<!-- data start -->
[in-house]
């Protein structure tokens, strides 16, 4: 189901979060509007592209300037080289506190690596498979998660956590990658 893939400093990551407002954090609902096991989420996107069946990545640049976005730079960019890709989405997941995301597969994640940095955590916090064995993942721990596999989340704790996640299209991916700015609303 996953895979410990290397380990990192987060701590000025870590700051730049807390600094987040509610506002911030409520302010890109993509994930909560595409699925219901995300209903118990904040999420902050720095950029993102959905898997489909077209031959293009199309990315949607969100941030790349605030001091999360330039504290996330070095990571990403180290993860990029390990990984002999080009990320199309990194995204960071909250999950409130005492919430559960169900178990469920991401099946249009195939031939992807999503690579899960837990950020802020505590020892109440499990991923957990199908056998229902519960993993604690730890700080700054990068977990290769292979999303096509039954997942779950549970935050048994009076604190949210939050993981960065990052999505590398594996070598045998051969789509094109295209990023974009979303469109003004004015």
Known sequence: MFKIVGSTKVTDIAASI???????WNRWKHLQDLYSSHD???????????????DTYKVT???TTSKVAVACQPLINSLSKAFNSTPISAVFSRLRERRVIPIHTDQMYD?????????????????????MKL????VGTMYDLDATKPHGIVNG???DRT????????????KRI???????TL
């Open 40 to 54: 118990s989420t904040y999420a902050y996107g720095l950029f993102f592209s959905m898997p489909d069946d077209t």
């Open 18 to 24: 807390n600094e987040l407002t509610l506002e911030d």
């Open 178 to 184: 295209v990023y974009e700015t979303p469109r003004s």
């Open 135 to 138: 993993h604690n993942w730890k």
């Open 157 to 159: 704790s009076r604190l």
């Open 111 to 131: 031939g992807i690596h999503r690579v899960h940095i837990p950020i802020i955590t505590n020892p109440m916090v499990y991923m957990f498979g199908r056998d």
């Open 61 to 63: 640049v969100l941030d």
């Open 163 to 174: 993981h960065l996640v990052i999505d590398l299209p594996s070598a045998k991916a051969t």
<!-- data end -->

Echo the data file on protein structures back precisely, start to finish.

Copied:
[in-house]
């Protein structure tokens, strides 16, 4: 189901979060509007592209300037080289506190690596498979998660956590990658 893939400093990551407002954090609902096991989420996107069946990545640049976005730079960019890709989405997941995301597969994640940095955590916090064995993942721990596999989340704790996640299209991916700015609303 996953895979410990290397380990990192987060701590000025870590700051730049807390600094987040509610506002911030409520302010890109993509994930909560595409699925219901995300209903118990904040999420902050720095950029993102959905898997489909077209031959293009199309990315949607969100941030790349605030001091999360330039504290996330070095990571990403180290993860990029390990990984002999080009990320199309990194995204960071909250999950409130005492919430559960169900178990469920991401099946249009195939031939992807999503690579899960837990950020802020505590020892109440499990991923957990199908056998229902519960993993604690730890700080700054990068977990290769292979999303096509039954997942779950549970935050048994009076604190949210939050993981960065990052999505590398594996070598045998051969789509094109295209990023974009979303469109003004004015």
Known sequence: MFKIVGSTKVTDIAASI???????WNRWKHLQDLYSSHD???????????????DTYKVT???TTSKVAVACQPLINSLSKAFNSTPISAVFSRLRERRVIPIHTDQMYD?????????????????????MKL????VGTMYDLDATKPHGIVNG???DRT????????????KRI???????TL
């Open 40 to 54: 118990s989420t904040y999420a902050y996107g720095l950029f993102f592209s959905m898997p489909d069946d077209t």
């Open 18 to 24: 807390n600094e987040l407002t509610l506002e911030d």
């Open 178 to 184: 295209v990023y974009e700015t979303p469109r003004s």
């Open 135 to 138: 993993h604690n993942w730890k």
């Open 157 to 159: 704790s009076r604190l």
């Open 111 to 131: 031939g992807i690596h999503r690579v899960h940095i837990p950020i802020i955590t505590n020892p109440m916090v499990y991923m957990f498979g199908r056998d």
């Open 61 to 63: 640049v969100l941030d």
């Open 163 to 174: 993981h960065l996640v990052i999505d590398l299209p594996s070598a045998k991916a051969t």